In some cases, the regulations on documents to be kept secret under the Openness Act are too restrictive. This leads to a situation in which an authority is unable to communicate to the public on matters that would be of major public interest. Openness may also be difficult to realise by means of anonymisation, as the possibility of identification cannot be completely eliminated based on the information available.
Since many types of information must be kept secret, and since access must be granted to public sections of documents that must otherwise be kept secret, honouring requests for access to documents has proven a major challenge for many authorities. In extreme cases, honouring a request for access to a document may be impossible, particularly within the time limits allowed by law.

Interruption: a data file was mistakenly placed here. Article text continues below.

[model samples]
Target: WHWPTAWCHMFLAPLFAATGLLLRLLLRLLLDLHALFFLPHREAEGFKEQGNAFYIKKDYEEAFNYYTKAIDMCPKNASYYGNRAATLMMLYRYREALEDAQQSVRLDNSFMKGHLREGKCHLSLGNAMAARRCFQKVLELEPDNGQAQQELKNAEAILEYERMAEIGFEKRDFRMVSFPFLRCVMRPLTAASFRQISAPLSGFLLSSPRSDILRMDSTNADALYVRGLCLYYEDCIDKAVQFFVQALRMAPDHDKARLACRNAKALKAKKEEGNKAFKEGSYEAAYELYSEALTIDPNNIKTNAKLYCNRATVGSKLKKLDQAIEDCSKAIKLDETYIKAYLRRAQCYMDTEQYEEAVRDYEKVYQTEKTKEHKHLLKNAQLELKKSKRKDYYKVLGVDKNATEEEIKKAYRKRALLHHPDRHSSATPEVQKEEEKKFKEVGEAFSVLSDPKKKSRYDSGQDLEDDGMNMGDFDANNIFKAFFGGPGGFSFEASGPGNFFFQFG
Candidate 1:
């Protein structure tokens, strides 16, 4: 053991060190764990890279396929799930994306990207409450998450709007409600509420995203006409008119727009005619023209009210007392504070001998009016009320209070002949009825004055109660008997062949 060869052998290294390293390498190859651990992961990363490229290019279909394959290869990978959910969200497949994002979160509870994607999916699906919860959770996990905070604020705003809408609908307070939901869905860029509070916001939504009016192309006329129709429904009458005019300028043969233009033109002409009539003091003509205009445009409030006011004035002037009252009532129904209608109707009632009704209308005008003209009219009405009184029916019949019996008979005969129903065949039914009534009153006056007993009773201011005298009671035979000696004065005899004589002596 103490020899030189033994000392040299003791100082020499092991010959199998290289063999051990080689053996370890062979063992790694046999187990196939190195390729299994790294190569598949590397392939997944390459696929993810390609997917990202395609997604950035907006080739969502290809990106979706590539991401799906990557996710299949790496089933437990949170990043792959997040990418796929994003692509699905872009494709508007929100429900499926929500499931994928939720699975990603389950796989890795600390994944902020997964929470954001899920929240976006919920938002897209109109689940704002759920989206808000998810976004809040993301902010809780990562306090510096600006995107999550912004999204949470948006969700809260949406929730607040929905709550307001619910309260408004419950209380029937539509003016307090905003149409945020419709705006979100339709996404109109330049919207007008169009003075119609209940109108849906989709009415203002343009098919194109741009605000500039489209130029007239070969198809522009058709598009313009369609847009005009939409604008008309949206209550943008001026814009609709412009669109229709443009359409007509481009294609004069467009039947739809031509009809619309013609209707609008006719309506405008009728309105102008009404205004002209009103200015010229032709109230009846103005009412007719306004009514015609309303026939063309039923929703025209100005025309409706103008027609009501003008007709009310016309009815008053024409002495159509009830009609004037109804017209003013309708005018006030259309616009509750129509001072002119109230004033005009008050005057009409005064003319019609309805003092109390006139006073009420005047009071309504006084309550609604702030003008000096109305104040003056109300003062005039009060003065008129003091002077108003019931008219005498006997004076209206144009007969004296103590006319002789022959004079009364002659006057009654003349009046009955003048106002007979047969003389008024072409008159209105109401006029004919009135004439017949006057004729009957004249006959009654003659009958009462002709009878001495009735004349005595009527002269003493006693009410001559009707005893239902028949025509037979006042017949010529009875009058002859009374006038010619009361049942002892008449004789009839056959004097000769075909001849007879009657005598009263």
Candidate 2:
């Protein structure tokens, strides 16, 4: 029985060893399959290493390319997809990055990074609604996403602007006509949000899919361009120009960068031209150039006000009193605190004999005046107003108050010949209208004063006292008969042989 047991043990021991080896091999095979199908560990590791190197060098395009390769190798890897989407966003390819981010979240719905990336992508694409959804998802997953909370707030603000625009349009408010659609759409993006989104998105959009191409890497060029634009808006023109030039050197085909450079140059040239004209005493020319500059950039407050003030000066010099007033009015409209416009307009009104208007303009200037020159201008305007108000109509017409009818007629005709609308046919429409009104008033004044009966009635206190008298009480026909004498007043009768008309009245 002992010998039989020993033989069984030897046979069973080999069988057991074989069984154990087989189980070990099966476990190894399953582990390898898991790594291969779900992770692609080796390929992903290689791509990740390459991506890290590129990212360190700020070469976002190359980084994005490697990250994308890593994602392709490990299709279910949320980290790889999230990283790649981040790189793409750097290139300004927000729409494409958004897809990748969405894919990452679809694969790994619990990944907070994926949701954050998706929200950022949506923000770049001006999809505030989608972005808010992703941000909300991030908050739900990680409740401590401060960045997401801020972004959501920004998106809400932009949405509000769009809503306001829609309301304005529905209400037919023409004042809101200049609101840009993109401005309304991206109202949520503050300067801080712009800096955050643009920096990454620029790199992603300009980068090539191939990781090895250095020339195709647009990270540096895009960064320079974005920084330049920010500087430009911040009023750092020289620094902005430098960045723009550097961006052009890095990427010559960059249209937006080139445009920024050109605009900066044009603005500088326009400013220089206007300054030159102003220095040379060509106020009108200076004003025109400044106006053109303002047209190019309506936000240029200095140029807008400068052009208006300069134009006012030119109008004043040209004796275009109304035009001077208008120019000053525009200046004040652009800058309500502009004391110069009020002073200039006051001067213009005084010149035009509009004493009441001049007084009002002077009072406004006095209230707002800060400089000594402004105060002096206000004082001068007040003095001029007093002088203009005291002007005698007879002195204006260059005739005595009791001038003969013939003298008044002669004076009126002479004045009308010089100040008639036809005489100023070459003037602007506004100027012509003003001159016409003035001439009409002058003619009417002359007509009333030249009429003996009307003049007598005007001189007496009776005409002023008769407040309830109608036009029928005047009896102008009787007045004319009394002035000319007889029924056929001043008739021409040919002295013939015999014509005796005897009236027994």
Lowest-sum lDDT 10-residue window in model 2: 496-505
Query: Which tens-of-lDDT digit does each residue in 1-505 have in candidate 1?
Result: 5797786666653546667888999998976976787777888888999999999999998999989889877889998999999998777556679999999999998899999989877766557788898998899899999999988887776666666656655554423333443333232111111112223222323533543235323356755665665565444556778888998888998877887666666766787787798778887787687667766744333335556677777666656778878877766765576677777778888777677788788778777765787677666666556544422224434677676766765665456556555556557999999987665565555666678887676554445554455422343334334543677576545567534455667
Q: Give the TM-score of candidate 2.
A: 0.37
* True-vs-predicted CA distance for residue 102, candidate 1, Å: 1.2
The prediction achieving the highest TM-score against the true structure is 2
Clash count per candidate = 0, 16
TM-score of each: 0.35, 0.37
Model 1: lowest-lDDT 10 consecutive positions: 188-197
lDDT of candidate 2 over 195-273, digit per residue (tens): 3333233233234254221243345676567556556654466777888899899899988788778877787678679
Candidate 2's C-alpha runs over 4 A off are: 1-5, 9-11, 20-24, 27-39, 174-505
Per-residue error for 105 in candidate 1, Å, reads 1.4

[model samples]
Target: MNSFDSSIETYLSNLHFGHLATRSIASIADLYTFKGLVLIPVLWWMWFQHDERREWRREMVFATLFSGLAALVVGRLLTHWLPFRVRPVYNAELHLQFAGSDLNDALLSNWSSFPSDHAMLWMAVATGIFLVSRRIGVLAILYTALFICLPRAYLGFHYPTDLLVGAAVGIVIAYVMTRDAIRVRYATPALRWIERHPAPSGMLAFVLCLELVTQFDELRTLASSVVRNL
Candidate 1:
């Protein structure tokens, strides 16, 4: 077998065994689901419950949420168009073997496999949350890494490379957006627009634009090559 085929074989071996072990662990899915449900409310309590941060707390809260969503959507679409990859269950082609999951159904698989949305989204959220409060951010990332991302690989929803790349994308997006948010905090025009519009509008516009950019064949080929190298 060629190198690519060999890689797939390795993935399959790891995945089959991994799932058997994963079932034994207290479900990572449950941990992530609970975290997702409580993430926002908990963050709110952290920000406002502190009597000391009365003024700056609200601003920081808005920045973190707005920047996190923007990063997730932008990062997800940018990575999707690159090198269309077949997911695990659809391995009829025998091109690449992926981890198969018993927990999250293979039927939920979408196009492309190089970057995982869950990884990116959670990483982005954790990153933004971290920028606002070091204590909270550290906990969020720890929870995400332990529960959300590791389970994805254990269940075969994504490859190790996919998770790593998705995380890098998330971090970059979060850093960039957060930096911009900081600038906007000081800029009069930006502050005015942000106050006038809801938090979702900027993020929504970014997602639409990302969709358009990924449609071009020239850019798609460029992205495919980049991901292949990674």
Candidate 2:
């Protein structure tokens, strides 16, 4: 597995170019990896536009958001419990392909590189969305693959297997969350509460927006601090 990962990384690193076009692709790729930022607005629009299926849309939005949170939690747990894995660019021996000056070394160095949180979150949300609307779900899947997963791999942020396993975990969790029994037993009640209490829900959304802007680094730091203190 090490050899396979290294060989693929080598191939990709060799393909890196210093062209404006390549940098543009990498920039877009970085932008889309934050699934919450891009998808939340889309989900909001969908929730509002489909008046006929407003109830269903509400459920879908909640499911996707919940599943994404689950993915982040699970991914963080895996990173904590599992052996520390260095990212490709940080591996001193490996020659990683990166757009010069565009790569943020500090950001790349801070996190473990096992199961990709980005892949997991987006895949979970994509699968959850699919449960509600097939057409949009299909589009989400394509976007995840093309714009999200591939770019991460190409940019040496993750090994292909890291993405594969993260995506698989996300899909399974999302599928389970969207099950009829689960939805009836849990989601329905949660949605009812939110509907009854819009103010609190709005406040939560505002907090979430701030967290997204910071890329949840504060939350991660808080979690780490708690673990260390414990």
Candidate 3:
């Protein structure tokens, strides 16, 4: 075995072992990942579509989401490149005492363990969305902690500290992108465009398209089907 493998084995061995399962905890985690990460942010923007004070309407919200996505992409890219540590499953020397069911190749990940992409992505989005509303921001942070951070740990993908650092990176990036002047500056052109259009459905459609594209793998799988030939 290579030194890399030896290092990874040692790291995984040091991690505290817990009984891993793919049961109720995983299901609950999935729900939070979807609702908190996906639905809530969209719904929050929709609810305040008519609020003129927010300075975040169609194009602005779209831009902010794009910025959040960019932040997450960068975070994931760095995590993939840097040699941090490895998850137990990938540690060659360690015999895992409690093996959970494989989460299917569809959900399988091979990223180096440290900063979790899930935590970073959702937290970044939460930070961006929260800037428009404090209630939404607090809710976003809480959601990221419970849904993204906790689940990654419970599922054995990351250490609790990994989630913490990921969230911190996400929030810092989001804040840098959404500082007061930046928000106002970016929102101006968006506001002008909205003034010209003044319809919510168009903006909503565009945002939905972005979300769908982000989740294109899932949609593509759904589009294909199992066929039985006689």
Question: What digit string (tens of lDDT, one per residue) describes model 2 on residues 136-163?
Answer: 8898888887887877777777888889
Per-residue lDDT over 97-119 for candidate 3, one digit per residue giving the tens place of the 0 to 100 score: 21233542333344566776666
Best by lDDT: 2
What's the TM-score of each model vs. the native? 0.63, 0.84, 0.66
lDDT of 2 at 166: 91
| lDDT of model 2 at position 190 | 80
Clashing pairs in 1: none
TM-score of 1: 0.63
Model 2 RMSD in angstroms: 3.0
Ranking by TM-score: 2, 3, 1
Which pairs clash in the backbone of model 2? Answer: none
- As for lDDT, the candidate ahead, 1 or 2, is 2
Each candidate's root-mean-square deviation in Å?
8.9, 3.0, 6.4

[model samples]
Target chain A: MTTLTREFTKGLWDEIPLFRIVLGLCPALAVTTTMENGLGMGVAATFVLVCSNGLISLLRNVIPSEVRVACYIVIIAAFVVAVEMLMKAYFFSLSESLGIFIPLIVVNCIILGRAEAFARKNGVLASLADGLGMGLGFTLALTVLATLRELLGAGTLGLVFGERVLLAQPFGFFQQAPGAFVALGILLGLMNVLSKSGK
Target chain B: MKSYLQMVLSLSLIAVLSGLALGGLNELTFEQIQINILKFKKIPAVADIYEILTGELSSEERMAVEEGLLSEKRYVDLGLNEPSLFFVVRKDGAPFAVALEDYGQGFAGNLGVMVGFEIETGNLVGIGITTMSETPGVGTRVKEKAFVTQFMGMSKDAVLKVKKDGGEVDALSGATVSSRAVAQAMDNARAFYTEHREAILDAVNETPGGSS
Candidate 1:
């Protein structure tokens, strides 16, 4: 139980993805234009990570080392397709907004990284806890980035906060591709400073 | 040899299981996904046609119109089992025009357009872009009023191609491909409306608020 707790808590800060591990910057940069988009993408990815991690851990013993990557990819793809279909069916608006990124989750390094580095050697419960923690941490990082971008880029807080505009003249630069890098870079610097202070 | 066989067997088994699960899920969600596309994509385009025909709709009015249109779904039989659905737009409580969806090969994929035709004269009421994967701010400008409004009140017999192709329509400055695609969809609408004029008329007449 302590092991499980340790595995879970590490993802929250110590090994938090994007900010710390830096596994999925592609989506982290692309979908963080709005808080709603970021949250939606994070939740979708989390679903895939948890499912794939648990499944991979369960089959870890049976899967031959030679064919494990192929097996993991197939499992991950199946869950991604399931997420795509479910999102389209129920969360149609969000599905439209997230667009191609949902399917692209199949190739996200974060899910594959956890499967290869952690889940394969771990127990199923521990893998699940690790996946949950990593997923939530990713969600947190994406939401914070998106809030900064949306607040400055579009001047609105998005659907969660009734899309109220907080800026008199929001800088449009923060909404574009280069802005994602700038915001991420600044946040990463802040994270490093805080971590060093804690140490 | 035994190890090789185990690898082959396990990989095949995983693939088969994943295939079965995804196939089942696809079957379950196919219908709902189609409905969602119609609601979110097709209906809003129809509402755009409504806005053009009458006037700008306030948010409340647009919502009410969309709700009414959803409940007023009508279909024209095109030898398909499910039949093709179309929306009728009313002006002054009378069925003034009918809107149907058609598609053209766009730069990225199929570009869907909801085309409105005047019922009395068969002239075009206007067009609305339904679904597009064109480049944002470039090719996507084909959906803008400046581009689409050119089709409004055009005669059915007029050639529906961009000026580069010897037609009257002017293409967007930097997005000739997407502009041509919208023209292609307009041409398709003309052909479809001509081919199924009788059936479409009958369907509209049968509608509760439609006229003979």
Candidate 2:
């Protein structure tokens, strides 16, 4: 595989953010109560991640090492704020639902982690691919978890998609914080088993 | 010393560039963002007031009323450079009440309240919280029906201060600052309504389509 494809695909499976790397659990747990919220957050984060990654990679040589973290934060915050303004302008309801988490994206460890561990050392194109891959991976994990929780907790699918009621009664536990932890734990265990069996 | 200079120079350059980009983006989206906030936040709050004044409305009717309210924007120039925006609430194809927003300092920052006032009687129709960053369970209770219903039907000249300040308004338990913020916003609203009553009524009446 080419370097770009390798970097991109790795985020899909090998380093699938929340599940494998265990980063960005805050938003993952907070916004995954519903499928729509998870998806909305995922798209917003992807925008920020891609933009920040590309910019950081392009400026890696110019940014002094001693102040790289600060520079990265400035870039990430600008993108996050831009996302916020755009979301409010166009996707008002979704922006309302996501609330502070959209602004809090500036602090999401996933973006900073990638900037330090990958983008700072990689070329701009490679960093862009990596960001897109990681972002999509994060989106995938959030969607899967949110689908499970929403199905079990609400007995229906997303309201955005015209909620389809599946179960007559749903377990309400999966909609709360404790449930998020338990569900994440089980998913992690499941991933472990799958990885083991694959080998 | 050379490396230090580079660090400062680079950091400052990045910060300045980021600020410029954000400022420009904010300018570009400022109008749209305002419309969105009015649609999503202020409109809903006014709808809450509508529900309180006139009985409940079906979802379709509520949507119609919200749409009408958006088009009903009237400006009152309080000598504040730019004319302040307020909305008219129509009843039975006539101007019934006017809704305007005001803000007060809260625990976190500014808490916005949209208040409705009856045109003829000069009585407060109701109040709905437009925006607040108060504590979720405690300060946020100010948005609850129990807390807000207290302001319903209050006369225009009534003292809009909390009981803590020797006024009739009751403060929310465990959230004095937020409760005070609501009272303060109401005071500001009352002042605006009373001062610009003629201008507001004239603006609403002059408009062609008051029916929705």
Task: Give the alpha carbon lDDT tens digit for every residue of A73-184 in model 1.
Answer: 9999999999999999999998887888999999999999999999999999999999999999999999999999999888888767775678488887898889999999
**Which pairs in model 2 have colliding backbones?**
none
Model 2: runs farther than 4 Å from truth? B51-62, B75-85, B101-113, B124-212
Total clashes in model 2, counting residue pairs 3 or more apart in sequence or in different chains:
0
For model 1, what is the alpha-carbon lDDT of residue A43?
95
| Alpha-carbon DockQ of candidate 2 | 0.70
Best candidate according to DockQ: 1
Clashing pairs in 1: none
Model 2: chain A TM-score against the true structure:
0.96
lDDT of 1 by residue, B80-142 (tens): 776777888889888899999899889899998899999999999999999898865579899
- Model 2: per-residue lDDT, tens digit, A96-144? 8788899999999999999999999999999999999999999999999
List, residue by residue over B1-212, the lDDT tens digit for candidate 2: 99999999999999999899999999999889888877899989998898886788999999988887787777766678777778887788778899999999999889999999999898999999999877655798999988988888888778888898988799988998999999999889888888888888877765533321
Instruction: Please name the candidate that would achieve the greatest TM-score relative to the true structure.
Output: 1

The Ministry of Justice is planning to launch an evaluation of the review of the Openness Act. Such a review is undoubtedly called for. The introduction of the GDPR will focus the attention of the authorities even more closely on protecting personal privacy. This should not distract our attention from the principle of openness, which is one of the cornerstones of democratic society.
On the oversight of supervision
Deputy-Ombudsman Maija Sakslin discusses in her comment the Ombudsman’s role as the overseer of authorities who themselves have supervisory roles.